Objective: Examine the cost of healthy food habits for welfare-dependent families in Australia.
Method: A seven-day meal plan was developed, based on Australian public health recommendations, for two typical welfare-dependent families: a couple-family (two adults, two children) and a one-parent family (one adult, two children). The cost of the meal plan was calculated using market brand and generic brand grocery items, and total cost compared to income.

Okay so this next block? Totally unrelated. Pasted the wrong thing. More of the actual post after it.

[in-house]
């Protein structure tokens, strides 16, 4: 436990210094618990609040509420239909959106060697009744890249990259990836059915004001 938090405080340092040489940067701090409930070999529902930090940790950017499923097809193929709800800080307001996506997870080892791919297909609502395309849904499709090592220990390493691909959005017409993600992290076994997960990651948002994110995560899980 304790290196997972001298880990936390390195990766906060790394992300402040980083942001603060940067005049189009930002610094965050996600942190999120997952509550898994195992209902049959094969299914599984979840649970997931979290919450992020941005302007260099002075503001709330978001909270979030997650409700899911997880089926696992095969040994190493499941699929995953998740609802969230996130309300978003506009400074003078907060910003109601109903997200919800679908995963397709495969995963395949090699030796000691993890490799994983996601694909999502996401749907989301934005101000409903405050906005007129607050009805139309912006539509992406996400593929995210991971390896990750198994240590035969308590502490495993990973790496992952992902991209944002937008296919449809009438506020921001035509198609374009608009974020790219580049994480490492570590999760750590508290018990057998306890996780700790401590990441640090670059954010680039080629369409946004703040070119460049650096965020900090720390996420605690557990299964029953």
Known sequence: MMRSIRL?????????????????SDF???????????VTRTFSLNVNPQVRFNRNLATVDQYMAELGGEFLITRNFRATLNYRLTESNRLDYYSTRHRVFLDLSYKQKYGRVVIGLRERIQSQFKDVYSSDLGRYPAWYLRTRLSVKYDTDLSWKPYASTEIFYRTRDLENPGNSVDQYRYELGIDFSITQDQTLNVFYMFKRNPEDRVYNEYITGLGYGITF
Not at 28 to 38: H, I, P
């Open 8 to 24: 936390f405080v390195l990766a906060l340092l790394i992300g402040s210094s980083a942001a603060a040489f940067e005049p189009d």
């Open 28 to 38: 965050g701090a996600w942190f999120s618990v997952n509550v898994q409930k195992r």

Results: In Australia, the cost of healthy food habits uses about 40% of the disposable income of welfare-dependent families. Families earning an average income would spend only 20% of their disposable income to buy the same healthy food. Substituting generic brands for market brands reduced the weekly food cost by about 13%. This is one of few economic models to include generic brands.
Conclusion: Compared with average-income Australian families, healthy food habits are a fiscal challenge to welfare-dependent families.
Implications: These results provide a benchmark for economic and social policy analysis, and the influence disposable income has on prioritising healthy food habits.